Newly appointed Loretta Lynch came out of the box swinging. The HHS OIG and the US Attorney General announced a nationwide “sweep” led by the Medicare Fraud Strike Force in 17 districts. The charges were filed against 243 individuals, which included 48 doctors, nurses and other licensed medical professionals. The crackdown of health care fraud and abuse represents the largest coordinated take-down in healthcare history, both in terms of the number of defendants charged and loss amount. 

The charges stem from allegations of rampant health care fraud involving federal health care dollar Medicare funds. The defendants charged include doctors, patient recruiters, home health care providers, pharmacy owners and others. They billed for equipment that wasn’t provided, for care that wasn’t needed, and for services that weren’t rendered.

The alleged fraudulent schemes may reach approximately $712 million in false billings. As a result, CMS suspended a number of providers using its federal suspension authority, as permitted under the Patient Protection and Affordable Care Act (PPACA).  

The defendants are charged with various health care fraud-related crimes, including conspiracy to commit healthcare fraud and abuse, violations of the anti-kickback statutes, money laundering and aggravated identity theft. About 44 of the defendants arrested are charged with fraud related to the Medicare prescription drug benefit program known as Part D, which is the fast-growing component of the Medicare program overall. The charges are based on a multitude of fraudulent schemes such as various medical treatments and services. The defendants were in involved in submitting false claims to Medicare and Medicaid for treatments that were not only unnecessary but also were also never provided. On top of this, other co-conspirators assisted in submitting false bills to Medicare services, such as patient recruiters and Medicaid beneficiaries, by giving out beneficiary information in return of paid kickbacks.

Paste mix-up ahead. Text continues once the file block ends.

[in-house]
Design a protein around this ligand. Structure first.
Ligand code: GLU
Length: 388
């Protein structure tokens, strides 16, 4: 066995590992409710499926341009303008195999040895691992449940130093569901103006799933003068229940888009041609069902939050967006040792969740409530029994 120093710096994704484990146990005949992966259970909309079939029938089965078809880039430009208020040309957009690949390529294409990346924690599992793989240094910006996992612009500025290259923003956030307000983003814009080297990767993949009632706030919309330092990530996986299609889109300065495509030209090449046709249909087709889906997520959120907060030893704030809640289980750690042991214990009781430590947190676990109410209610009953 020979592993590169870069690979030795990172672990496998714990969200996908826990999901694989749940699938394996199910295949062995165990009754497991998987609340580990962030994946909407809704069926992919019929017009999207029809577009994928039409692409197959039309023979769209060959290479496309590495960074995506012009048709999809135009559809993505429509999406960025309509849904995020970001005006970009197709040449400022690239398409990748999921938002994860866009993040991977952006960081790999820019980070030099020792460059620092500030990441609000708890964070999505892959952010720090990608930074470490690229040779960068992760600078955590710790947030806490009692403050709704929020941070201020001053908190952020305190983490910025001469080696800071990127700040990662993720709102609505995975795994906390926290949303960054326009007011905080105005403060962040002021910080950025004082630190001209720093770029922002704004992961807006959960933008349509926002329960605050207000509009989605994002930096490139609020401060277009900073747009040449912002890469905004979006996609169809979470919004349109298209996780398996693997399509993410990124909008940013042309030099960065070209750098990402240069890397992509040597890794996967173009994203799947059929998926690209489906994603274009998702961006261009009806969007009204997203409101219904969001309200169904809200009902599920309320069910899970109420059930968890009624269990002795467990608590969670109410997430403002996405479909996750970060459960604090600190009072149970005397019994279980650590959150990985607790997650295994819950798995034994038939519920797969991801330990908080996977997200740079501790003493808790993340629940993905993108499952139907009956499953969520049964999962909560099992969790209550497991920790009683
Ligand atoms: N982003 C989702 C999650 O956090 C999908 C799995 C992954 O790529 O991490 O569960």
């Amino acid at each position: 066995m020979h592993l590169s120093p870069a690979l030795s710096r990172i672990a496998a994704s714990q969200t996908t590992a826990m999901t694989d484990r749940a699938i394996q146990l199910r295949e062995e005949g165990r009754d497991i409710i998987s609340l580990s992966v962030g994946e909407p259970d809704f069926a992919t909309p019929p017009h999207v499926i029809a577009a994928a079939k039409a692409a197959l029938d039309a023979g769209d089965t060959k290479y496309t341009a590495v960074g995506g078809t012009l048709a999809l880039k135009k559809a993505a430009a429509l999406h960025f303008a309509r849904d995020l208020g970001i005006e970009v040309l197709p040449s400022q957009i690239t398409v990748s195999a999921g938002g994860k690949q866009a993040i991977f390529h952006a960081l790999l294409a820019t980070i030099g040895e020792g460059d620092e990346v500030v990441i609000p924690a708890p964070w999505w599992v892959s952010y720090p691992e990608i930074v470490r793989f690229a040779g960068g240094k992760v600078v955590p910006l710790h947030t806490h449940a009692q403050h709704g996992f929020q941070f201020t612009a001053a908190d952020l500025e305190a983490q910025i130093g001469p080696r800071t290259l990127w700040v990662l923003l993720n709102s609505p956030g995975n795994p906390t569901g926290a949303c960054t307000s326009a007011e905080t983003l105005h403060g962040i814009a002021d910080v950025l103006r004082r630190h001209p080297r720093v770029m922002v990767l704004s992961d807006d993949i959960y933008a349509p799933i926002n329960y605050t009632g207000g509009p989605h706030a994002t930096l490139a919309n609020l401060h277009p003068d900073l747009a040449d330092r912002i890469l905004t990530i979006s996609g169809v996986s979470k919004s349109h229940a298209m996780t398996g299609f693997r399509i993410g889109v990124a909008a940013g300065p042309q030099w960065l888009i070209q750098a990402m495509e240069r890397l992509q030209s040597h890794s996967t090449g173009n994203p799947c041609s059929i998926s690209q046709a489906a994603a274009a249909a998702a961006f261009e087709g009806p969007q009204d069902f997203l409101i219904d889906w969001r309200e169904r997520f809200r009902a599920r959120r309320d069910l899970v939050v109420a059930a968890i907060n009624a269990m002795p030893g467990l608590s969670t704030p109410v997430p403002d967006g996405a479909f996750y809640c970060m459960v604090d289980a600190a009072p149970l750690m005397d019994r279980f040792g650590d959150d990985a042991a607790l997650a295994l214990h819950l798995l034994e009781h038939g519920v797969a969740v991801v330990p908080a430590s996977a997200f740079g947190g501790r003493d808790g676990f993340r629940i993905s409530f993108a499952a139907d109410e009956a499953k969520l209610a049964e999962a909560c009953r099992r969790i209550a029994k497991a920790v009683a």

FBI Director, James Comey, Inspector General Daniel R. Levinson of the HHS Office of Inspector General (HHS-OIG), among many others, joined Attorney General Loretta Lynch and  Secretary Sylvia Mathews Burwell in the announcement about the nationwide fraud sweep on Thursday. 

Here is what Director Comey had to say:

“The people charged in this case targeted the system each of us depends on in our most vulnerable moments,” said Director Comey. “Health care fraud is a crime that hurts all of us and each dollar taken from programs that help the sick and the suffering is one dollar too many.” 

The Health Care Fraud Prevention & Enforcement Action Team (HEAT), which includes the National Medicare Fraud Strike Force teams, along with the Affordable Healthcare Act and the law are taking steps to prevent that loss of helpful a helpful dollar through taking preventative measures and growing resources.

For example, since their establishment of 2007, the Strike Force team have charged more than 2,300 defendants who have together falsely billed Medicare for more than $7 billion in nine locations. 

To prove even further the effectiveness of these enforcement programs, including today’s actions, about 900 individuals, who are responsible for more than $2.5 billions fraudulent billings, have been taken down in national take-down operations. 

I will leave you with a quote from General Lynch, “In the days ahead, the Department of Justice will continue our focus on preventing wrongdoing and prosecuting those whose criminal activity drives up medical costs and jeopardizes a system that our citizens trust with their lives.  We are prepared – and I am personally determined – to continue working with our federal, state, and local partners to bring about the vital progress that all Americans deserve.”

The Medicare Fraud Force Strike Unit has been a successful vehicle for the US Government to utilize in identifying and prosecuting fraud in health care. The early indicators for the new US Attorney General seem to show that her office is not afraid to go after fraud and abuse.

Written by: Michael Rosen – ProviderTrust Co-Founder

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